The value specified for the -cluster option must be the same for all brokers in the cluster.
For each broker in the cluster, set up SSL-based connection services, as described in Message Encryption.
Issue the following command to any broker in the cluster:
imqcmd reload cls
This forces each broker to reload the imq.cluster.brokerlist property. It is not necessary to issue this command to every broker in the cluster; executing it for any one broker will cause all of them to reload the cluster configuration.
Start the new broker.
(Optional) Set the values of the following properties in the new broker’s instance configuration file (config.properties) :
When the newly added broker starts, it connects and exchanges data with all the other brokers in the imq.cluster.brokerlist value.
Modify the imq.cluster.brokerlist property of other brokers in the cluster to include the new broker.
This step is not strictly necessary to add a broker to a functioning cluster. However, should any broker need to be restarted, its imq.cluster.brokerlist value must include all other brokers in the cluster, including the newly added broker.
Start the new broker.
If you did not perform step 1, use the -D option on the imqbrokerd command line to set the property values listed there.
The method you use to remove a broker from a conventional cluster depends on whether you originally created the cluster using a cluster configuration file or by means of command line options.
If you originally created a cluster by specifying its member brokers with the imq.cluster.brokerlist property in a central cluster configuration file, it isn’t necessary to stop the brokers in order to remove one of them. Instead, you can simply edit the configuration file to exclude the broker you want to remove, force the remaining cluster members to reload the cluster configuration, and reconfigure the excluded broker so that it no longer points to the same cluster configuration file:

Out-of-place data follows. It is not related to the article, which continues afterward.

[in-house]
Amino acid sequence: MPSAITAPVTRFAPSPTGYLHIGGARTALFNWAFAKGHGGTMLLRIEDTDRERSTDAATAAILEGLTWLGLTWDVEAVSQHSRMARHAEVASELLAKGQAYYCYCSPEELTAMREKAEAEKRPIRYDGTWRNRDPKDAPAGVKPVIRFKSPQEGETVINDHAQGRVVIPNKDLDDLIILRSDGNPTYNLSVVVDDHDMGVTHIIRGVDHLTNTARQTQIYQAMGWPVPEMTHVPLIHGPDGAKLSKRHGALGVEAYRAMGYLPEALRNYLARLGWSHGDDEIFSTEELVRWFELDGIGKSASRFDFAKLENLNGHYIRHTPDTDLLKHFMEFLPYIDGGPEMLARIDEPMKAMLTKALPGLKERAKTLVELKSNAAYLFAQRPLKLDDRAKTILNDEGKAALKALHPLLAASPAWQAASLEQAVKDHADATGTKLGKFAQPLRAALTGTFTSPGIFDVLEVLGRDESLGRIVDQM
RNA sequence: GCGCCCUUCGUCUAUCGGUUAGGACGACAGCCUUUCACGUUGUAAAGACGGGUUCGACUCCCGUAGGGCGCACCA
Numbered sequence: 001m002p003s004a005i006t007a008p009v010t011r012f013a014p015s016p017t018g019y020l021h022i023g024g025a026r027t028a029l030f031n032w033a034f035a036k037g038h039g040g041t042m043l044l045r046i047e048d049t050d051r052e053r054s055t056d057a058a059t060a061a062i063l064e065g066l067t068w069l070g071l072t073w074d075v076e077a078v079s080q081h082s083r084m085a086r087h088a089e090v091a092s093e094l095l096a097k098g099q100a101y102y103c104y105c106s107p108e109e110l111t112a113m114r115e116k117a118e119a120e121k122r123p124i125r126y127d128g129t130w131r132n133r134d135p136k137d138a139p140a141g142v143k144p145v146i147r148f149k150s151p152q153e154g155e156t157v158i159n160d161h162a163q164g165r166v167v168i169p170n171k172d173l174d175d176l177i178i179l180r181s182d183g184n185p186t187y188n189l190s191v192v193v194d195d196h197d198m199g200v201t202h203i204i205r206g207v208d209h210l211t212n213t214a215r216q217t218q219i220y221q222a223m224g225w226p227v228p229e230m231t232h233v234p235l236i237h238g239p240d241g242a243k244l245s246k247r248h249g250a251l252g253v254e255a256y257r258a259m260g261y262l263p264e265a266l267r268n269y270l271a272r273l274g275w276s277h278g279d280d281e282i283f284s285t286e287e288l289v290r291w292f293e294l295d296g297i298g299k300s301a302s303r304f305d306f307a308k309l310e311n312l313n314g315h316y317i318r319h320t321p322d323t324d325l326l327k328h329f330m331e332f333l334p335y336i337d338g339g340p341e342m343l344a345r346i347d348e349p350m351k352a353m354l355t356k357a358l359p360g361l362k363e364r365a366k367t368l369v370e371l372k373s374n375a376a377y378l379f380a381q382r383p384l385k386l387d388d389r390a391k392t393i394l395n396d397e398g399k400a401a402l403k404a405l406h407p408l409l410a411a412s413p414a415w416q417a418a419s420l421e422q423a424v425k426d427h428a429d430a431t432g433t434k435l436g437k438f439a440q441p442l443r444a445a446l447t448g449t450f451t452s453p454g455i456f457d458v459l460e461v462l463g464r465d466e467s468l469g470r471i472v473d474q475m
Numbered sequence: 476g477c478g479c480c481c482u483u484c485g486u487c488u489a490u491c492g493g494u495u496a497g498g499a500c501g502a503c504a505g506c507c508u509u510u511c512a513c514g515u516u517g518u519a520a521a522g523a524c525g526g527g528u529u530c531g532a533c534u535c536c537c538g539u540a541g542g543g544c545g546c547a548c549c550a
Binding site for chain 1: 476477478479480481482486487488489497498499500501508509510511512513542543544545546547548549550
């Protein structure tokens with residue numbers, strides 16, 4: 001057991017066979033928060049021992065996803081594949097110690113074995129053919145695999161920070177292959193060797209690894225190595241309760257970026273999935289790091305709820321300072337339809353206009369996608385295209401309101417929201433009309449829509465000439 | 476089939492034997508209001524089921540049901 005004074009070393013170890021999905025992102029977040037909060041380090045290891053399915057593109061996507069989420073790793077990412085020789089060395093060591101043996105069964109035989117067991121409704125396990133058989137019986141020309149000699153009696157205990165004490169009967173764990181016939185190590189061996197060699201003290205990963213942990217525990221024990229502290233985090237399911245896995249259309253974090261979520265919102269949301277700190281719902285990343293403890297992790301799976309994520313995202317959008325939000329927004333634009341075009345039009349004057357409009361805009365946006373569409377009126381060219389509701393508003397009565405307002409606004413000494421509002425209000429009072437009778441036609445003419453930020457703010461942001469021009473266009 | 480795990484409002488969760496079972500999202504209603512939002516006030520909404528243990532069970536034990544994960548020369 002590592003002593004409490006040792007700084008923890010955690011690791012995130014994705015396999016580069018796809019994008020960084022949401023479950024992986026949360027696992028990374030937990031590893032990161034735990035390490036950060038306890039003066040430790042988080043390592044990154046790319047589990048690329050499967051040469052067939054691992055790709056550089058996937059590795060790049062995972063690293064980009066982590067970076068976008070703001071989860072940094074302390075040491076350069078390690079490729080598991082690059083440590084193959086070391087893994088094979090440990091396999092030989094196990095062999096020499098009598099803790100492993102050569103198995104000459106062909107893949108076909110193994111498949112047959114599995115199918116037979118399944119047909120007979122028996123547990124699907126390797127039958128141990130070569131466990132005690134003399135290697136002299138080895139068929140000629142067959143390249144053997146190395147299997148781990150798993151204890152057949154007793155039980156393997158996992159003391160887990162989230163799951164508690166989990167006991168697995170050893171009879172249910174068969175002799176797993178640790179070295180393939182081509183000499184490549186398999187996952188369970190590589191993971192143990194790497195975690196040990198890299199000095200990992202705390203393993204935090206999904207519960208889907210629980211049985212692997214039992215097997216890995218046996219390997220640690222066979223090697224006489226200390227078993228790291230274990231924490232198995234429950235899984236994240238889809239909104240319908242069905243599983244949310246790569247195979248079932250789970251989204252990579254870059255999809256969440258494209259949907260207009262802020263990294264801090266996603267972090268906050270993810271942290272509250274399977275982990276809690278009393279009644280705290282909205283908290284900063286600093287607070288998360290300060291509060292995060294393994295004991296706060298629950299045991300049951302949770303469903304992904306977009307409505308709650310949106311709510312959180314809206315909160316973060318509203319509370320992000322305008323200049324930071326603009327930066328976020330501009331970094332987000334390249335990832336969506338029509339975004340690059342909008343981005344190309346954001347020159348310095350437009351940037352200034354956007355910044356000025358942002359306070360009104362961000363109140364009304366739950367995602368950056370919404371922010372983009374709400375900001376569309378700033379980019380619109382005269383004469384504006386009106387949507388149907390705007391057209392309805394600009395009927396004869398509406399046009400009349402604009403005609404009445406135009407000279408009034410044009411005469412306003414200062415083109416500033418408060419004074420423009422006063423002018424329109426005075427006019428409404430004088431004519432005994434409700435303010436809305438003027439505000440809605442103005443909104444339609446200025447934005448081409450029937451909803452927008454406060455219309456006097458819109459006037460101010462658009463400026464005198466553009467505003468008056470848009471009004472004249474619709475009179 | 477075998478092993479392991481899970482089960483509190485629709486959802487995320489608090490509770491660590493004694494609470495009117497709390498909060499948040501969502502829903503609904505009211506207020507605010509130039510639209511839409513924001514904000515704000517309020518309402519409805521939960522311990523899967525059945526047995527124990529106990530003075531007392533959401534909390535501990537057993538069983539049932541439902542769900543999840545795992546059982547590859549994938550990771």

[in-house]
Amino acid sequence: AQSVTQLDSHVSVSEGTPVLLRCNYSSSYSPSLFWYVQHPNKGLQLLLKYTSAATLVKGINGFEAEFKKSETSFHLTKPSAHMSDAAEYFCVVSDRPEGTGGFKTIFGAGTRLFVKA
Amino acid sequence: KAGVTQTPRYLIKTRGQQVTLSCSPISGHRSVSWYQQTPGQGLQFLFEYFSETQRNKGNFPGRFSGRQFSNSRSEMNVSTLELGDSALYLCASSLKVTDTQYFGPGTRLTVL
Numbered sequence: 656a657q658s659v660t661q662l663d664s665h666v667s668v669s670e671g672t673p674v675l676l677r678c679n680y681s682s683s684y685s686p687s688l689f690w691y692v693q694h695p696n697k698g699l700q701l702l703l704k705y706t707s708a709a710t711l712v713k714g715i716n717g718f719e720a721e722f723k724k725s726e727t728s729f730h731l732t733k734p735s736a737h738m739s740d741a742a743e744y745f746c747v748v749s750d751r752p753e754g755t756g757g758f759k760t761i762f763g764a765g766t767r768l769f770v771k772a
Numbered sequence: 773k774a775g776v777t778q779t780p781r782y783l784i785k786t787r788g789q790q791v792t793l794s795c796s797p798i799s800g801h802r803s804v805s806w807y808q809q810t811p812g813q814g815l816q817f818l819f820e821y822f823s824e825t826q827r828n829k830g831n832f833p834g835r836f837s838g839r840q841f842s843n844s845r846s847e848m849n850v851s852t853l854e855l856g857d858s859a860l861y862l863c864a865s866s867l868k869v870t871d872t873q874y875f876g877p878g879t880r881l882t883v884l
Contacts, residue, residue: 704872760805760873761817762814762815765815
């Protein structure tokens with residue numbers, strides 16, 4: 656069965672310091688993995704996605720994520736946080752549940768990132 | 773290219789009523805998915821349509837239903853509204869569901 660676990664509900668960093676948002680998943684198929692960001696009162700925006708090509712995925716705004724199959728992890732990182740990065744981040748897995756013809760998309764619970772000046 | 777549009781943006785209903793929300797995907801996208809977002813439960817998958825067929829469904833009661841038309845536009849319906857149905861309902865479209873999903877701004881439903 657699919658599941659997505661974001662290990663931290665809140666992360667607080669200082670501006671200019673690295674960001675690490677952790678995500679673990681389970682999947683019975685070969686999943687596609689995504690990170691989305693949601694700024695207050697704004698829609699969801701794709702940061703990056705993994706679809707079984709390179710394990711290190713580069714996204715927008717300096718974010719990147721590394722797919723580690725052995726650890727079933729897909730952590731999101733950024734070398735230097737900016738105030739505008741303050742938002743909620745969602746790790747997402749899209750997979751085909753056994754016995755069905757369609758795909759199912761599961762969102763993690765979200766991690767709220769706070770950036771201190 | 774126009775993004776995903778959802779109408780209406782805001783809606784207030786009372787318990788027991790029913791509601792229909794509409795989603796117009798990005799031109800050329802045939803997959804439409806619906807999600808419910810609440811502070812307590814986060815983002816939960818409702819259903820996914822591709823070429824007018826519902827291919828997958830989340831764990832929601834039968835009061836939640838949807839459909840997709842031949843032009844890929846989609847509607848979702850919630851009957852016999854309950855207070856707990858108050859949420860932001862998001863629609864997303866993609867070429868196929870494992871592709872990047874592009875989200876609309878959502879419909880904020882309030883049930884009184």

Issue the following command to each broker remaining in the cluster:
imqcmd reload cls
This forces the brokers to reload the cluster configuration.
Stop the broker you’re removing from the cluster.
If you used the imqbrokerd command from the command line to connect the brokers into a cluster, you must stop each of the brokers and then restart them, specifying the new set of cluster members on the command line:
Stop each broker in the cluster, using the imqcmd command.
For example, suppose you originally created a cluster consisting of brokers A, B, and C by starting each of the three with the command
imqbrokerd -cluster A,B,C
To remove broker A from the cluster, restart brokers B and C with the command
imqbrokerd -cluster B,C
As noted earlier, a conventional cluster can optionally have one master broker, which maintains a configuration change record to keep track of any changes in the cluster’s persistent state. The master broker is identified by the imq.cluster.masterbroker configuration property, either in the cluster configuration file or in the instance configuration files of the individual brokers.
Because of the important information that the configuration change record contains, it is important to back it up regularly so that it can be restored in case of failure. Although restoring from a backup will lose any changes in the cluster’s persistent state that have occurred since the backup was made, frequent backups can minimize this potential loss of information. The backup and restore operations also have the positive effect of compressing and optimizing the change history contained in the configuration change record, which can grow significantly over time.
imqbrokerd -backup mybackuplog
Shut down all brokers in the cluster.
Restore the master broker’s configuration change record from the backup file.
imqbrokerd -restore mybackuplog
If you assign a new name or port number to the master broker, update the imq.cluster.brokerlist and imq.cluster.masterbroker properties accordingly in the cluster configuration file.
Restart all brokers in the cluster.